The Senate voted 39-54 on Tuesday to reject an amendment to the immigration reform bill that would have required 350 miles of new fencing on the Southern border before the federal government could grant provisional legal status to immigrants.

The amendment from Sen. John ThuneJohn ThuneOvernight Tech: Last-ditch effort to get Dem FCC commish confirmed | Facebook's Sandberg on fake news | Microsoft completes LinkedIn deal FCC chairman willing to resign to get colleague confirmed Overnight Tech: AT&T, Time Warner CEOs defend merger before Congress | More tech execs join Trump team | Republican details path to undoing net neutrality MORE (R-S.D.) would have prevented the government from granting provisional immigrant status until the Department of Homeland Security (DHS) has built 350 miles of Southern border fencing. Another 350 miles of fencing would have to be constructed before those with provisional legal status could apply for a green card.

Thune's amendment needed 60 votes to pass. Republican Gang of Eight Sens. Lindsey GrahamLindsey GrahamSenators move to protect 'Dreamers' The Hill's 12:30 Report White House orders intelligence report of election cyberattacks MORE (S.C.), John McCainJohn McCainUkrainians made their choice for freedom, but now need US help White House orders intelligence report of election cyberattacks Senate votes to elevate Cyber Command in military MORE (Ariz.), Marco RubioMarco RubioSenate clears water bill with Flint aid, drought relief What Trump's Cabinet picks reveal House passes water bill with Flint aid, drought relief MORE (Fla.) and Jeff FlakeJeff FlakeSenators move to protect 'Dreamers' Reid bids farewell to the Senate Reid defends relationship with McConnell in farewell speech MORE (Ariz.) voted against the border fence amendment, while Democratic Sens. Joe ManchinJoe ManchinSenate passes stopgap funding bill, averting shutdown Senate advances funding measure, avoiding shutdown Senate sets date for hearings on Sessions's attorney general nomination MORE (W.Va.) and Mark PryorMark PryorCotton pitches anti-Democrat message to SC delegation Ex-Sen. Kay Hagan joins lobby firm Top Democrats are no advocates for DC statehood MORE (Ark.) voted for it. Sen. Lisa MurkowskiLisa MurkowskiSenators move to protect 'Dreamers' Speaker’s office: No energy bill this year Passing US-Canada preclearance would improve security and economy MORE (R-Alaska) also voted against Thune's amendment.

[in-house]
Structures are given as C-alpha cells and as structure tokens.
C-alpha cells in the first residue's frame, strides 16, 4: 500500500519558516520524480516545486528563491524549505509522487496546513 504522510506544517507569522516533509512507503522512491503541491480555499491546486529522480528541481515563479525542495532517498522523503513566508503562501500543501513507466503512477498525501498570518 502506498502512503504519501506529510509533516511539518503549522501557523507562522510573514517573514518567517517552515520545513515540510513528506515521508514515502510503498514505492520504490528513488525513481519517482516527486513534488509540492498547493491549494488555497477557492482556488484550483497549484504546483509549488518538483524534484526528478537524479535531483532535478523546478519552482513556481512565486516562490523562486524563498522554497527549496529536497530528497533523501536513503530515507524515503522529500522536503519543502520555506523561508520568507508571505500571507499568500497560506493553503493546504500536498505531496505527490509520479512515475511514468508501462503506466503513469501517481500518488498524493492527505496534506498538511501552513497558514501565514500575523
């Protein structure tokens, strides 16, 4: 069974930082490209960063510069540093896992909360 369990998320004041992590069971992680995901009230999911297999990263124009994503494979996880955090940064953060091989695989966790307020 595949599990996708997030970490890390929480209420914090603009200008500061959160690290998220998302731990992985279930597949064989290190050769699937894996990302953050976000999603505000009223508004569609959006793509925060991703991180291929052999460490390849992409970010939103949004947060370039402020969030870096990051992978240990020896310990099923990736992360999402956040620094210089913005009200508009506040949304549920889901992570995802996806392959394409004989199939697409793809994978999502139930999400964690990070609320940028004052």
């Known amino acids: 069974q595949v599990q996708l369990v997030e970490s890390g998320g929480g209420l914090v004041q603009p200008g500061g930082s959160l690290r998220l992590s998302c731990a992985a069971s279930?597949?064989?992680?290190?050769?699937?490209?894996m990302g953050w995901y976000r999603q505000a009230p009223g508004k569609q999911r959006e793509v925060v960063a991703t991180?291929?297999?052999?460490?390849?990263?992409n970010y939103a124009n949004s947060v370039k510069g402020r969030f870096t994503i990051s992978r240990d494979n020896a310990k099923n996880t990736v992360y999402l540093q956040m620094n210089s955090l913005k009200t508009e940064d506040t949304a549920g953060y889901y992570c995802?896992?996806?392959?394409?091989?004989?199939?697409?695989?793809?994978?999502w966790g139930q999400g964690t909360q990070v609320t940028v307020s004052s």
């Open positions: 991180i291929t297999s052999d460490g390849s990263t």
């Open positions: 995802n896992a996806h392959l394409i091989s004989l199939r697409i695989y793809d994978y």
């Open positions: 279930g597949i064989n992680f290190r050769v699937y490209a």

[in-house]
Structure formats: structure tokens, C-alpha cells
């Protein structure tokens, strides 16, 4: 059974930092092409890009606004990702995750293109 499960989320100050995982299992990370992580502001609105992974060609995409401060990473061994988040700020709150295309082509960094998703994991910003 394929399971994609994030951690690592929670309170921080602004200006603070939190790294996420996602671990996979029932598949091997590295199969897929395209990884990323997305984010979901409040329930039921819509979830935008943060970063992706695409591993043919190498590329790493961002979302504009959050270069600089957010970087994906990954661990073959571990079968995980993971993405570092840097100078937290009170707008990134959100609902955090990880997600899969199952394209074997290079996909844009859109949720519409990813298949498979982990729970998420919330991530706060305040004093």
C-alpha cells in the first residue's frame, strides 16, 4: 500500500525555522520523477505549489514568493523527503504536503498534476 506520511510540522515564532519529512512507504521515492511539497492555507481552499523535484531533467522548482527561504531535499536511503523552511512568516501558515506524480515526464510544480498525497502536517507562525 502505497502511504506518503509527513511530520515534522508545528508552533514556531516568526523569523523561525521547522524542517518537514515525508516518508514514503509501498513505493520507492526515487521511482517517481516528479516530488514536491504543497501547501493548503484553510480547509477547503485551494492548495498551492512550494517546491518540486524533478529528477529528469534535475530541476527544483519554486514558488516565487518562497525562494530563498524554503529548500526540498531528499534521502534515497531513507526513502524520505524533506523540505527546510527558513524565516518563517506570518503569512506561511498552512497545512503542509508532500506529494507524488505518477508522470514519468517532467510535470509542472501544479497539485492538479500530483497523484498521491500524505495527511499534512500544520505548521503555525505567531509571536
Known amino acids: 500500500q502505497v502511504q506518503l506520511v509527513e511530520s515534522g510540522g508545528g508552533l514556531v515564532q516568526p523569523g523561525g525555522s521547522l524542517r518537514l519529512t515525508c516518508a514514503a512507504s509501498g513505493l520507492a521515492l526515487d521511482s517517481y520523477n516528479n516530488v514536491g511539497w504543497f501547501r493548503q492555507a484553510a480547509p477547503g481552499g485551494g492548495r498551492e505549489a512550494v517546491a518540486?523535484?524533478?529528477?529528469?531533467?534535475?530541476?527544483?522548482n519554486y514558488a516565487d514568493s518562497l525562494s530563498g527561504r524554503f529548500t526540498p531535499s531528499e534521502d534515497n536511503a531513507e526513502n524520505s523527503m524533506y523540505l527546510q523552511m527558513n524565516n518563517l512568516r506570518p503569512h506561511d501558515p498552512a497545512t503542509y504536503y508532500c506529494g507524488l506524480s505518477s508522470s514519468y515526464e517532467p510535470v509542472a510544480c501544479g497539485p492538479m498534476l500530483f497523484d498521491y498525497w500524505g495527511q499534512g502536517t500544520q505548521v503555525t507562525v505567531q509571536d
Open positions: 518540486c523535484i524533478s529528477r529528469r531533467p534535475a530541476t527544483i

Thune said his amendment was necessary because the current bill only makes “promises” of enforcement. He said building 350 miles of fence would be a “tangible trigger” to show the Senate is serious about border security before legalization.

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“Every time the Senate considers immigration reform promises of a more secure border are never upheld, and this bill continues to repeat those past mistakes,” Thune said ahead of the vote. “Some people have said this fence is ‘old-school’ ... but there is an infrastructure role to be played in this.”

The Senate is considering the Border Security, Economic Opportunity and Immigration Modernization Act, and amendment work on the bill is expected to continue throughout June. Three more amendment votes were scheduled for Tuesday afternoon.

The bipartisan group of eight senators, known as the Gang of Eight, introduced S. 744, which would create a pathway to citizenship for illegal immigrants already in the country, toughen border security, create a guest-worker program and boost high-skilled immigration.

McCain, a Gang of Eight member, said his colleagues who are so concerned about border security should listen to those on the ground.

“I hope that my colleagues that are concerned about border security, that they will pay attention to what the head of border security is asking for,” McCain said, while urging a "no" vote on Thune’s amendment. “Fencing is important — surveillance is more important.”

Some Republicans have complained that the legislation would provide amnesty in 10 to 13 years for the nearly 11 million illegal residents before strengthening border enforcement. 

“Border security is what the people demand,” Sen. Chuck GrassleyChuck GrassleySenate sets date for hearings on Sessions's attorney general nomination Mnuchin, Price meet with GOP senators Business groups express support for Branstad nomination MORE (R-Iowa) said Tuesday. “This bill has weak border security provisions.”

Supporters of the Gang of Eight bill say it includes an additional $6.5 billion for border enforcement measures, but most of the funding is for new technology such as drones, sensors, cameras and helicopters, as opposed to more fencing.

Sen. Mary LandrieuMary LandrieuFive unanswered questions after Trump's upset victory Pavlich: O’Keefe a true journalist Trump’s implosion could cost GOP in Louisiana Senate race MORE (D-La.), who chairs the Appropriations subcommittee on Homeland Security, called Thune’s fence “dumb” during debate last week.

“I will vote against Sen. Thune’s amendment because I am not going to waste taxpayer money on a dumb fence, and that is what his fence would be,” Landrieu said. “We need to build a smart fence.”